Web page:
material fact and the movant is entitled to judgment as a
matter of law. Fed.R.Civ.P. 56(a); Celotex Corp. v.
Catrett, 477 U.S. 317, 321 (1986). The district court
"does not assess credibility or weigh the evidence, but
simply determines whether there is a genuine factual issue
for trial." House v. Bell, 547 U.S. 518, 559-60
(2006). A fact is "material" if it "might
affect the outcome of the suit under the governing law,
" Anderson v. Liberty Lobby, Inc., 477 U.S.
242, 248 (1986), and a dispute as to a material fact is
"genuine" if there is sufficient evidence for a
reasonable trier of fact to decide in favor of the nonmoving
party, id. "If the evidence is merely
colorable, or is not significantly probative, summary
judgment may be granted." Id.
moving party bears the initial burden of identifying those
portions of the pleadings, discovery, and affidavits that
demonstrate the absence of a genuine issue of material fact.
Celotex, 477 U.S. at 323. Where the moving party
will bear the burden of proof on an issue at trial, it must
affirmatively demonstrate that no reasonable trier of fact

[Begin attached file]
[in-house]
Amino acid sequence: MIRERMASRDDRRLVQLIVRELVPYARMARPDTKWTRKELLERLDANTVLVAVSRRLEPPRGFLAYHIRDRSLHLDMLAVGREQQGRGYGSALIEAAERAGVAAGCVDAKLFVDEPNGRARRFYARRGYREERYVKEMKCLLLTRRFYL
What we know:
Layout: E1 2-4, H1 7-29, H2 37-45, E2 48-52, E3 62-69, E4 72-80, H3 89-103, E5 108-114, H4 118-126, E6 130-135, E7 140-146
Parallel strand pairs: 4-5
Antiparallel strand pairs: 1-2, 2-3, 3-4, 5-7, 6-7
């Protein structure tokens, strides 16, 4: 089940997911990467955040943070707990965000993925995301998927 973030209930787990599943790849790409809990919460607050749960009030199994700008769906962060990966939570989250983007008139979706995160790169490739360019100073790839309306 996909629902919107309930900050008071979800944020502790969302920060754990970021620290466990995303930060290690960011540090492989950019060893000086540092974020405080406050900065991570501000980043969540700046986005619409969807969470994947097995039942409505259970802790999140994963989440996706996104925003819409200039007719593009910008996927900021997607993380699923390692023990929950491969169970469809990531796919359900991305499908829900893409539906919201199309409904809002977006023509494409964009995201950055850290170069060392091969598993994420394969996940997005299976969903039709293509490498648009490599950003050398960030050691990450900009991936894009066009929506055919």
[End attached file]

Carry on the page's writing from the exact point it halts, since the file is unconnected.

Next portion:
could find other than for herself. Id. at 325. But
on an issue for which the nonmoving party will bear the
burden of proof at trial, the moving party need only point
out "that there is an absence of evidence to support the
nonmoving party's case." Id. If the moving
party meets its initial burden, the nonmoving party must set
forth, by affidavit or as otherwise provided in Rule 56,
"specific facts showing that there is a genuine issue
for trial." Id. To show a genuine dispute in
response, the nonmoving party "must do more than simply
show that there is some metaphysical doubt as to the material
facts." Matsushita Elec. Indus. Co., Ltd. v. Zenith
Radio Corp., 475 U.S. 574, 586 (1986). Where there is no
genuine dispute of material fact as to only a single claim or
defense or as to part of a claim or defense, district courts
may enter partial summary judgment. Fed.R.Civ.P. 56(a).
resolving the merits of Experian's motion for partial
summary judgment, the Court discusses the evidence presented.
The facts set forth ...